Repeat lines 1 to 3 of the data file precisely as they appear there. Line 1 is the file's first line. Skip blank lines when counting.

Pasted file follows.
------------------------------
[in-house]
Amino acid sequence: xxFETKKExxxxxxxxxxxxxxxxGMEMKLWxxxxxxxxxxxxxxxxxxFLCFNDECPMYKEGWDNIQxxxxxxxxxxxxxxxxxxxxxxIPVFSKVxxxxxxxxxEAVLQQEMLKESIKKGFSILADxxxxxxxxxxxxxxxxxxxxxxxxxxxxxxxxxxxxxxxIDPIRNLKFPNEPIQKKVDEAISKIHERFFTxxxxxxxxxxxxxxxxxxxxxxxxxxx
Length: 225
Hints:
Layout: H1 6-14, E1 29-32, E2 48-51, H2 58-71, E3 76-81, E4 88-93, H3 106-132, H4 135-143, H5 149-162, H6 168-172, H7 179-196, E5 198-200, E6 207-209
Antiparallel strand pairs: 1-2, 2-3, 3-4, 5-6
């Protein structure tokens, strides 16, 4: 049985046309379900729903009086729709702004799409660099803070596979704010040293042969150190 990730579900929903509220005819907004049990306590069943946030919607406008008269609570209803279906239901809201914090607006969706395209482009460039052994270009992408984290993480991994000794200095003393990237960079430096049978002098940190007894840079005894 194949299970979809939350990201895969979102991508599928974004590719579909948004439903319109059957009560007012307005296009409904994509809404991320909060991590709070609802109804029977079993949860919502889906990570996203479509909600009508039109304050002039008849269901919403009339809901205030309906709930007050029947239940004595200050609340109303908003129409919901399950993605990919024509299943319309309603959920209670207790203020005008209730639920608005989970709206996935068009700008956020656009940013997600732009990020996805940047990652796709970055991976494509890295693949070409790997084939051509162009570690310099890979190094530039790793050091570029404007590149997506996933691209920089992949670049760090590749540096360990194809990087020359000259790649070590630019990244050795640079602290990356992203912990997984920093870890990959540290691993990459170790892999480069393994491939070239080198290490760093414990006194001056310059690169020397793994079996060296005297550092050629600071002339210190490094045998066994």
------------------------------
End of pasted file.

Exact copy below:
[in-house]
Amino acid sequence: xxFETKKExxxxxxxxxxxxxxxxGMEMKLWxxxxxxxxxxxxxxxxxxFLCFNDECPMYKEGWDNIQxxxxxxxxxxxxxxxxxxxxxxIPVFSKVxxxxxxxxxEAVLQQEMLKESIKKGFSILADxxxxxxxxxxxxxxxxxxxxxxxxxxxxxxxxxxxxxxxIDPIRNLKFPNEPIQKKVDEAISKIHERFFTxxxxxxxxxxxxxxxxxxxxxxxxxxx
Length: 225